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Epilepsy Treatments: Keeping Seizures Under Control

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Epilepsy Treatment: Finding the Right Medication

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No seizures and no side effects: that's the new ideal in treating epilepsy, according to the Epilepsy Foundation. While experts temper that mantra with a dash of realism -- "all medicines have side effects," says Devinsky -- they say many people live with side effects they don't have to.

"After living on the medication for longer than they lived off of it, some people can't remember who they were off medication," says Devinsky. Switching to an epilepsy drug with fewer side effects "has a risk, but can be worth it in quality of life," for people living with sleepiness, fatigue, or confusion caused by their epilepsy drugs, Devinsky adds.

But choosing the right one? The number of options for treating epilepsy can be overwhelming -- even to doctors. To help sort them out, WebMD takes a look at the epilepsy drugs available today.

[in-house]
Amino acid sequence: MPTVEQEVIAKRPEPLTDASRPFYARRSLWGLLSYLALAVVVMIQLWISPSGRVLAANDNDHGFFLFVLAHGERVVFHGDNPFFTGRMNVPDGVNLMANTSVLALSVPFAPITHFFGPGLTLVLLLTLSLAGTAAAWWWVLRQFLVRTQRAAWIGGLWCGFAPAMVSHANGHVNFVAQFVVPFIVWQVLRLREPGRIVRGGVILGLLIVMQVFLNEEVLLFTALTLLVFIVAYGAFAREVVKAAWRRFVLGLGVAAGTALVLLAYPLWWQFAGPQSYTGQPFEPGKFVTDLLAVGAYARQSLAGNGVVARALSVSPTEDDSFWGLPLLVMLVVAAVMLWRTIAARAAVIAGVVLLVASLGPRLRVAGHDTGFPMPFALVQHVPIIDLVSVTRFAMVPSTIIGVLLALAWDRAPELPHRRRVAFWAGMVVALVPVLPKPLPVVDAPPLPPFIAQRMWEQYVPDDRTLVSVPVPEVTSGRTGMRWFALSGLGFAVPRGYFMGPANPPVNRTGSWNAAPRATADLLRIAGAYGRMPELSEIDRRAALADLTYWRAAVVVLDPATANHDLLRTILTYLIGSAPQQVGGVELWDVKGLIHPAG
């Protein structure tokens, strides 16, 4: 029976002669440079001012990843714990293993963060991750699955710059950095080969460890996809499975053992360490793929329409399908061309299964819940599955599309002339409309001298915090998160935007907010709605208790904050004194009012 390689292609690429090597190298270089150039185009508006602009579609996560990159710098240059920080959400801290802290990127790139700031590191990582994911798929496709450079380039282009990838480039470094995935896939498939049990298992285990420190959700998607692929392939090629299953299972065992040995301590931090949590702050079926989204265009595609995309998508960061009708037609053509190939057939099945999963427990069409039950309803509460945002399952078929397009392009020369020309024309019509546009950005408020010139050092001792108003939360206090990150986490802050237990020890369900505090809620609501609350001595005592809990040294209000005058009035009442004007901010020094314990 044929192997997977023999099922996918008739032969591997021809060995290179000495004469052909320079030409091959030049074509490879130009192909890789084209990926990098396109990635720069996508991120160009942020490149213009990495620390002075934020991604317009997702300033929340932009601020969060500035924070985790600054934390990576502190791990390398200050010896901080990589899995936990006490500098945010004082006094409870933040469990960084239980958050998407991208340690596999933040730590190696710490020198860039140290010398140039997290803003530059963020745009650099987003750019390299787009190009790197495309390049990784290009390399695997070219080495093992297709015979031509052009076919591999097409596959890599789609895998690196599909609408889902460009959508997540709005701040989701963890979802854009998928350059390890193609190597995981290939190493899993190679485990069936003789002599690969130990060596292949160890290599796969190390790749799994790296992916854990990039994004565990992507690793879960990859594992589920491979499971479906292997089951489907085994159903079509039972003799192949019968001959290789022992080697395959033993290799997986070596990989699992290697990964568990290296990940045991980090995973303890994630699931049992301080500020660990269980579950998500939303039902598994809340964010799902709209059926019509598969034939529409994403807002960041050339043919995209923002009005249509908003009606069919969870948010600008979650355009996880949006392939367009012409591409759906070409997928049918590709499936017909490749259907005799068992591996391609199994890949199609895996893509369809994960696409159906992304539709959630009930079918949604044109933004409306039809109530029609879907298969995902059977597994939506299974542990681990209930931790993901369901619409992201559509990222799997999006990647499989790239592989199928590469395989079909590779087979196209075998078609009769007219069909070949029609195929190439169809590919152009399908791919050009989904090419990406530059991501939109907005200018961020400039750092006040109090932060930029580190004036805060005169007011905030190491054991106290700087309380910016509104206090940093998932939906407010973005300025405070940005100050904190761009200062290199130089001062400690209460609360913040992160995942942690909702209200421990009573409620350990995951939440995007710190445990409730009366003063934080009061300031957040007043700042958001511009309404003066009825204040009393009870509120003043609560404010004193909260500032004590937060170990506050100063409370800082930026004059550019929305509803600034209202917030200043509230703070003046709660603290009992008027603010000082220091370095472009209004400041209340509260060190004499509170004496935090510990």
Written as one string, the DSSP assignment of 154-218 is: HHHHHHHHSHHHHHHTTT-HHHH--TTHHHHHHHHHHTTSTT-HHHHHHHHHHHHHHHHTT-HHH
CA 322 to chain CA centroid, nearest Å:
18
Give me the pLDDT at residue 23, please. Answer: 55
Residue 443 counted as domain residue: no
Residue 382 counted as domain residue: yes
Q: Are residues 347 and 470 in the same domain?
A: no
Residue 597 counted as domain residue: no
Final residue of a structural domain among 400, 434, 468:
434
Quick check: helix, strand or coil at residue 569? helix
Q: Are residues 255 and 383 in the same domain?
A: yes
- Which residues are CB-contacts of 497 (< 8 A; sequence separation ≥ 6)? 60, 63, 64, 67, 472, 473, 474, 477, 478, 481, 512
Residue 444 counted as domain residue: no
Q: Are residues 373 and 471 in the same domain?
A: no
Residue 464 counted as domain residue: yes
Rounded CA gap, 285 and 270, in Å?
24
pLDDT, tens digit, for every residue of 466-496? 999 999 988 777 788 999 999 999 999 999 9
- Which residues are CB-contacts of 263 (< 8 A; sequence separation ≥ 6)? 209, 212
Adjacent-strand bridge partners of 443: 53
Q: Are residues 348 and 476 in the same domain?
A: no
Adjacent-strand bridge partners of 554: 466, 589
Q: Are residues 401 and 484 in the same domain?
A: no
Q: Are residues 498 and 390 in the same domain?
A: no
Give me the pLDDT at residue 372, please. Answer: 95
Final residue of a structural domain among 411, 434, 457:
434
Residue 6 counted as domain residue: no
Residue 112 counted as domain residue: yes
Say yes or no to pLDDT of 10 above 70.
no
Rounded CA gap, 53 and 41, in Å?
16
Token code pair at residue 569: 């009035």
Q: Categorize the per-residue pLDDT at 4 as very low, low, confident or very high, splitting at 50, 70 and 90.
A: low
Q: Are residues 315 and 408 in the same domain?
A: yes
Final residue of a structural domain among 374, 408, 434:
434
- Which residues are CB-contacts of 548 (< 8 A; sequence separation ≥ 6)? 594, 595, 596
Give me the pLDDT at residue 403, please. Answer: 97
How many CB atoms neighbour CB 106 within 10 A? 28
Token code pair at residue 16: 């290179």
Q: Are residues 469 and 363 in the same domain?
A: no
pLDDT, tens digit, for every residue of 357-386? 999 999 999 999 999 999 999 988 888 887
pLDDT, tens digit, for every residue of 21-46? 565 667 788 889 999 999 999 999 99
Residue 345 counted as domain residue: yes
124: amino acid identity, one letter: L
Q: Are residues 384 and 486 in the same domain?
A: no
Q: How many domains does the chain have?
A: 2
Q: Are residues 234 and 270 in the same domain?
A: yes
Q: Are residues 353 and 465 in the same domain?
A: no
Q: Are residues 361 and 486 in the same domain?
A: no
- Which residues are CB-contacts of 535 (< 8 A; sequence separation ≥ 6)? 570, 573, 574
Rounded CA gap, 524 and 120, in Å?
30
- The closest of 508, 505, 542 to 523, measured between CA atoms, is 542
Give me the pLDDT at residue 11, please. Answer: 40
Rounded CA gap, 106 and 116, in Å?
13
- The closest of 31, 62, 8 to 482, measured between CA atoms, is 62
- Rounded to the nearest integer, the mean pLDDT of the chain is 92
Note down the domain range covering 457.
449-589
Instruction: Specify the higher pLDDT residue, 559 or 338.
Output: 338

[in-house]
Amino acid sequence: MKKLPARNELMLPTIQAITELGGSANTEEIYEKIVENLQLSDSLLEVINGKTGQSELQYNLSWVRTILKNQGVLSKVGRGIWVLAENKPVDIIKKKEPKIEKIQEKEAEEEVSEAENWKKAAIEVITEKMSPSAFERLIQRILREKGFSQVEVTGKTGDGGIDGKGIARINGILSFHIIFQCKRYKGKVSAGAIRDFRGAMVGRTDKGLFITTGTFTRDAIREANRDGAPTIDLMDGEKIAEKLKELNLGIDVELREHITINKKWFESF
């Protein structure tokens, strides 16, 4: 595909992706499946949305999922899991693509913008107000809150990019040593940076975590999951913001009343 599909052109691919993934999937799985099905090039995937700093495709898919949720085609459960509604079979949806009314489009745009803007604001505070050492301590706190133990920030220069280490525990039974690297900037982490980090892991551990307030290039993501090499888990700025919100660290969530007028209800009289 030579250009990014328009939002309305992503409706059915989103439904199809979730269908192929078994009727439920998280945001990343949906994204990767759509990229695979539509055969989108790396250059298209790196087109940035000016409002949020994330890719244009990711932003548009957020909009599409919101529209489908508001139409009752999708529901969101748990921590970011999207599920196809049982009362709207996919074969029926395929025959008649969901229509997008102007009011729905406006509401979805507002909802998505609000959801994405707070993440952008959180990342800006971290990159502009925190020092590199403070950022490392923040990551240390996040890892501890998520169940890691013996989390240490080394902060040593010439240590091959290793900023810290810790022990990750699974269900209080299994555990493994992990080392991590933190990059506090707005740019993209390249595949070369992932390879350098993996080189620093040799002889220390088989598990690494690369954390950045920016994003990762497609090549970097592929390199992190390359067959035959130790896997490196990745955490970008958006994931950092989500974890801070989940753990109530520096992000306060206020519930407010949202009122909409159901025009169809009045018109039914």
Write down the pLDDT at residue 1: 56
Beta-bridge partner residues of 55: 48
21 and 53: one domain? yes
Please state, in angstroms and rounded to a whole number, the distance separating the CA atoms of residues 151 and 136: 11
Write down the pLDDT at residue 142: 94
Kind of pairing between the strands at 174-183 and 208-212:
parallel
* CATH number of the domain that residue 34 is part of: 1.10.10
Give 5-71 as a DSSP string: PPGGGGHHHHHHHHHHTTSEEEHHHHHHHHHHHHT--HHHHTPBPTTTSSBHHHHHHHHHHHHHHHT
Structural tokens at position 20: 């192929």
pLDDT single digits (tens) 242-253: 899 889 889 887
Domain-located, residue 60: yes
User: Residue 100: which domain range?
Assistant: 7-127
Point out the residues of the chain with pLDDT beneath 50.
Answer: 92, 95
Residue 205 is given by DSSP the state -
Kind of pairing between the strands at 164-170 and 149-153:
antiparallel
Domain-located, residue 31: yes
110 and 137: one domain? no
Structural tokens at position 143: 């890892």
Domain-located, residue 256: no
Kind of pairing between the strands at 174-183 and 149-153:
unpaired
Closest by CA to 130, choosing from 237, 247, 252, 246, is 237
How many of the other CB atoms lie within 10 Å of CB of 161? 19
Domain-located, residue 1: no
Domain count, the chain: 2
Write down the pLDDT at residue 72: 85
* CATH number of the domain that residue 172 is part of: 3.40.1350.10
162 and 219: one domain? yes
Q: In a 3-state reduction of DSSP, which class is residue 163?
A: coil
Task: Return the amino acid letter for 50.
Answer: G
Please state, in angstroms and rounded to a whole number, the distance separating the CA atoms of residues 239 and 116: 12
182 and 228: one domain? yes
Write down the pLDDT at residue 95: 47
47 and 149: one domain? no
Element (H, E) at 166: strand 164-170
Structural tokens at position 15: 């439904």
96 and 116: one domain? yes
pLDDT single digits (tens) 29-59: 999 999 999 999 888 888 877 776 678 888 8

Newer Epilepsy Drugs: Higher Price, Fewer Side Effects

The perceived drawbacks of older epilepsy drugs spurred a renaissance of development of new epilepsy drugs, launched in the 1990s:

  • Keppra (levetiracetam) is one of the broad-spectrum epilepsy drugs, meaning it is effective in most adults, regardless of the seizure type. Keppra also has established benefits in difficult-to-treat seizures. Side effects include sleepiness, dizziness, and anxiety, although Keppra is usually well-tolerated.
  • Lamictal (lamotrigine) is a broad-spectrum epilepsy drug as well. It's also used to treat bipolar disorder. An extended release form is available. Side effects of Lamictal most often include dizziness, blurred vision, insomnia, or headache. A serious rash requiring medical attention can sometimes occur. 
  • Topamax (topiramate) is a broad-spectrum epilepsy drug. It's also effective in treating migraines. Drowsiness, clumsiness, slowed or difficult speech and concentration, and weight loss are common side effects of Topamax. Kidney stones occur in 1% of people. 
  • Zonegran (zonisamide) is broad-spectrum, also. Drowsiness, clumsiness, nausea, vomiting, and kidney stones (up to 4% of people) are side effects. A serious rash occurs 1%-2% of the time. 
  • Felbatol (felbamate) is only used for severe seizures that are uncontrolled by other treatments. Felbatol can cause a rare but potentially fatal blood disorder called aplastic anemia. The risks of this side effect need to be balanced against the risks of uncontrolled seizures.
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